Not winning the lottery

November 17, 2022

Rewind to April 2022.

I’d recently moved out of my place in London. I was waiting for my visa to process to move to Portugal. I still had my British job and British visa and decided to spend a few months in Bournemouth with my friend Jeremy.

We’d decided the day before to road-trip to the little town of Lynton. We’d been to the town, had seen the hills and the coast, and were now heading back to Bournemouth.

“What would you do if you won the lottery?”

Jeremy’s poppy Spotify playlist blared on the speaker as we sped down the highway in my little VW polo. His answer was quick and sure.

“I’d quit my job and keep doing the podcast full-time.”

Jeremy has been working on his podcast non-stop for the last year or more. He lives and breathes his podcast, so doing that but with more money and fewer constraints made perfect sense.

Winning the lottery wouldn’t change the direction of his life in a “turn the boat around” type of way. It would be hitting the accelerator on the path he was already on.

“Why, what would you do?”

I had my answer ready.

“I’d try and become a pro tennis player with my brother.”

This had been on my mind for ages and made a lot of sense to me in a world where money was no limit on what I could do. I’d always been sure of this answer since I’d been in high school or university.

I grew up playing tennis with my brother. My parents had taken us to private lessons, we’d played at the local courts for years and even went to a few regional competitions.

That being said, I hadn’t picked up a racket in years. I’d played once or twice with my brother when I’d gone home to Australia to visit. Then not again until I was back in Australia the next time.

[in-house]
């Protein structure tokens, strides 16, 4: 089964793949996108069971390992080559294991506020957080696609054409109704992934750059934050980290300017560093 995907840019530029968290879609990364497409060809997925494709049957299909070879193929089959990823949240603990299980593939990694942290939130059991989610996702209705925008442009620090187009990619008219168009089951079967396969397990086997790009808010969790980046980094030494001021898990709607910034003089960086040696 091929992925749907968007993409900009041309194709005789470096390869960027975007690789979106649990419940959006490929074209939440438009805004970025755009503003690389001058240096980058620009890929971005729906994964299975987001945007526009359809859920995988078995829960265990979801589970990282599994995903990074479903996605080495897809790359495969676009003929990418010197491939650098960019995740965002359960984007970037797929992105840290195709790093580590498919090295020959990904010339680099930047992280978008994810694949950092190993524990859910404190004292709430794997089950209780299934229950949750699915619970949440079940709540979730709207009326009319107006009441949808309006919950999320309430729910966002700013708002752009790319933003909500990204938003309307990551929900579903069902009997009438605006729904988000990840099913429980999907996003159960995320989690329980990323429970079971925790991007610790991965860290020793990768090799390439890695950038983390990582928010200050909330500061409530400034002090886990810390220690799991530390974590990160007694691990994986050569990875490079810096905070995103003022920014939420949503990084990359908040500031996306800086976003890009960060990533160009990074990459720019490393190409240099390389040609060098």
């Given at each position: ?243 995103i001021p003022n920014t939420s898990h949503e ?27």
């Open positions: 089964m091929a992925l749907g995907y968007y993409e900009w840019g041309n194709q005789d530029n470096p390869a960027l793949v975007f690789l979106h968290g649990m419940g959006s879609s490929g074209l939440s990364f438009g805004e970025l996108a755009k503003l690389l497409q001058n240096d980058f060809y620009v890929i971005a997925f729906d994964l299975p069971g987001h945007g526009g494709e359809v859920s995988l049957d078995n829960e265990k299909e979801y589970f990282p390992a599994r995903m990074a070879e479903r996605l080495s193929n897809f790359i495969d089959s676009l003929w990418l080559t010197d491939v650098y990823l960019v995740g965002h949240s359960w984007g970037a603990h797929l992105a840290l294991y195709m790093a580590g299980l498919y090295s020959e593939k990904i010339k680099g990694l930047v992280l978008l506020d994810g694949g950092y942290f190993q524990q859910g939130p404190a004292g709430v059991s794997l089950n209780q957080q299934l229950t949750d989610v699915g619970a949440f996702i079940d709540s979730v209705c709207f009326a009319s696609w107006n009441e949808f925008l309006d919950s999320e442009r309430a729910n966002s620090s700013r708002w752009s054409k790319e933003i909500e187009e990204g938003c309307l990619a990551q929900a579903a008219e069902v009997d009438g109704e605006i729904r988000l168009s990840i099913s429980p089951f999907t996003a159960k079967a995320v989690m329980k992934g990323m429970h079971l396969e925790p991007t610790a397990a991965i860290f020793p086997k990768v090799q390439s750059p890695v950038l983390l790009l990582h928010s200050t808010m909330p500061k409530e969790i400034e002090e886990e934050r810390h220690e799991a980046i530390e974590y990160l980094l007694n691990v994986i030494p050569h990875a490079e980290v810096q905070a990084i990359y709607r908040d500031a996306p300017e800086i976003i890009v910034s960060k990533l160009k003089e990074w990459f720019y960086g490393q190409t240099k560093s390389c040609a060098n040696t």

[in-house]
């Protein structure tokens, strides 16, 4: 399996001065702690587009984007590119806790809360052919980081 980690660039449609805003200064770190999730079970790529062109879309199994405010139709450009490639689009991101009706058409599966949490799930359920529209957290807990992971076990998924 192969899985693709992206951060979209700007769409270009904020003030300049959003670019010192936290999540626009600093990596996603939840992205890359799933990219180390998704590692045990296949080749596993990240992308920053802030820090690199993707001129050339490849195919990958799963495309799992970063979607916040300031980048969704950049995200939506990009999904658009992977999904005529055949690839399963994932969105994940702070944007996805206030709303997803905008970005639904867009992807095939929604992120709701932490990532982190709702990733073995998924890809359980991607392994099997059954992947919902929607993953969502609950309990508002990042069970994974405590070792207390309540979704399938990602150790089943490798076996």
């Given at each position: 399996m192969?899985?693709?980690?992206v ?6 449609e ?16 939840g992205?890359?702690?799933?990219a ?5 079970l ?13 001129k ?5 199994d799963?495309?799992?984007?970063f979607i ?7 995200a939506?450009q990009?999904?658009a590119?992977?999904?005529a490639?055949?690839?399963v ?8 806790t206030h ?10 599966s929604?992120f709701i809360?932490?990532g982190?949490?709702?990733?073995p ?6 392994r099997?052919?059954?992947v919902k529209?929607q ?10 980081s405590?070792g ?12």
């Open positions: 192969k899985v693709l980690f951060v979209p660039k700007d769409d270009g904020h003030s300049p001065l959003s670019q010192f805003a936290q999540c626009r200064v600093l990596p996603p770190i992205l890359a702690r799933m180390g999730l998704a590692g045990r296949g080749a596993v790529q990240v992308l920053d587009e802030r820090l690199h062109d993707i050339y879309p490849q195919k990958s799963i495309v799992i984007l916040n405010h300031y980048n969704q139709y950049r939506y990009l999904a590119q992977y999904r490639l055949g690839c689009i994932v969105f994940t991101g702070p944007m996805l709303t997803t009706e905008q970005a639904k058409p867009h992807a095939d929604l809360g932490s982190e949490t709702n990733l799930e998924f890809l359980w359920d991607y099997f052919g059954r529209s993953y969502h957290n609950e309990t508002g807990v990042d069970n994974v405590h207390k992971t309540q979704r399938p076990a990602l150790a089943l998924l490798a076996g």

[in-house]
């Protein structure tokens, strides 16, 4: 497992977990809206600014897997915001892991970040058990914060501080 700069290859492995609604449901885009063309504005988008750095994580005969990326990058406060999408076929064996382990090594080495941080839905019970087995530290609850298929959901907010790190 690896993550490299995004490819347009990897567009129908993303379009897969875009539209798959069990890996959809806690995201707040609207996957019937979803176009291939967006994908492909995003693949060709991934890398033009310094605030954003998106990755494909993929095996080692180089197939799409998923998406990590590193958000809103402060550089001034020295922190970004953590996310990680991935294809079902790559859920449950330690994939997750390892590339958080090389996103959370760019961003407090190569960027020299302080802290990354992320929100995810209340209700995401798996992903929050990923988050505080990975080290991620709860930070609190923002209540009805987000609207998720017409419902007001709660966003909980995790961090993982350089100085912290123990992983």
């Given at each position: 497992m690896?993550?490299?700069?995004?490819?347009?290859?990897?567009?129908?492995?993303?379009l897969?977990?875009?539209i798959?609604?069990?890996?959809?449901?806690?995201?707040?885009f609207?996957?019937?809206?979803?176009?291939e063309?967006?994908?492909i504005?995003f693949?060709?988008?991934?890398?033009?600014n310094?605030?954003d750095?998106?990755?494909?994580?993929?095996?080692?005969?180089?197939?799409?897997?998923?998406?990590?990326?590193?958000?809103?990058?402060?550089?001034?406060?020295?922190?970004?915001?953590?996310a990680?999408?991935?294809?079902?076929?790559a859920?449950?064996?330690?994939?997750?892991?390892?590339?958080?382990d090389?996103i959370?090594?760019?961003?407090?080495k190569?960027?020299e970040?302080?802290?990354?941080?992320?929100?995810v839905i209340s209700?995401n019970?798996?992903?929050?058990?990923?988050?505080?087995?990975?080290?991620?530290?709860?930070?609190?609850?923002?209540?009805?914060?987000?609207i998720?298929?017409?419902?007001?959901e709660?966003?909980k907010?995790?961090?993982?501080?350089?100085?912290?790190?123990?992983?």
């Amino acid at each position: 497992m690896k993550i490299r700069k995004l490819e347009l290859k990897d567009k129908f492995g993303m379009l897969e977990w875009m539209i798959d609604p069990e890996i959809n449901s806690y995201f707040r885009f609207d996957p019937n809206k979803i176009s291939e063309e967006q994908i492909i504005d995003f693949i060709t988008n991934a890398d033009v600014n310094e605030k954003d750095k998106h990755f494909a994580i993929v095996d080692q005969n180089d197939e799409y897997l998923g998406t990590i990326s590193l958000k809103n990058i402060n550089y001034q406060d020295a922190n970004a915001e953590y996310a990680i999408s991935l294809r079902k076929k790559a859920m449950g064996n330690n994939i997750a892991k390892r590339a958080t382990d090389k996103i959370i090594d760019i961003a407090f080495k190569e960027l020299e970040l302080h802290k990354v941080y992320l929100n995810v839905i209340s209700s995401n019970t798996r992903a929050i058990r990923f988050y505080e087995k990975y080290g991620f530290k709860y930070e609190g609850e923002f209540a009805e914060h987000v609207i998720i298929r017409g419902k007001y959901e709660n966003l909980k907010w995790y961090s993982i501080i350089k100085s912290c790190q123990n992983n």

I played tennis, but I didn’t play tennis.

I’d been sure about my answer but hadn’t given it much thought beyond the hypothetical - “If I were a millionaire…”

We kept driving and chatting on the road back to Bournemouth.

And the question kept nagging. Why am I waiting to win the lottery? I don’t have any lottery tickets, literal or figurative.

Becoming a millionaire 20-something-year-old tennis player isn’t a reality I’m going to magically fall into.

I should just play some tennis.

Later that week, I got on, bought an old racket and some balls, and headed to Bournemouth Gardens Tennis Centre.

Passing place in Scottish highlands

Photo is from the Scottish Highlands. I thought the sign “Passing place” was pretty cool and unique but quickly realised they’re everywhere. I got bitten by a tick a few minutes after taking this photo and caught Lyme disease. Fun fun!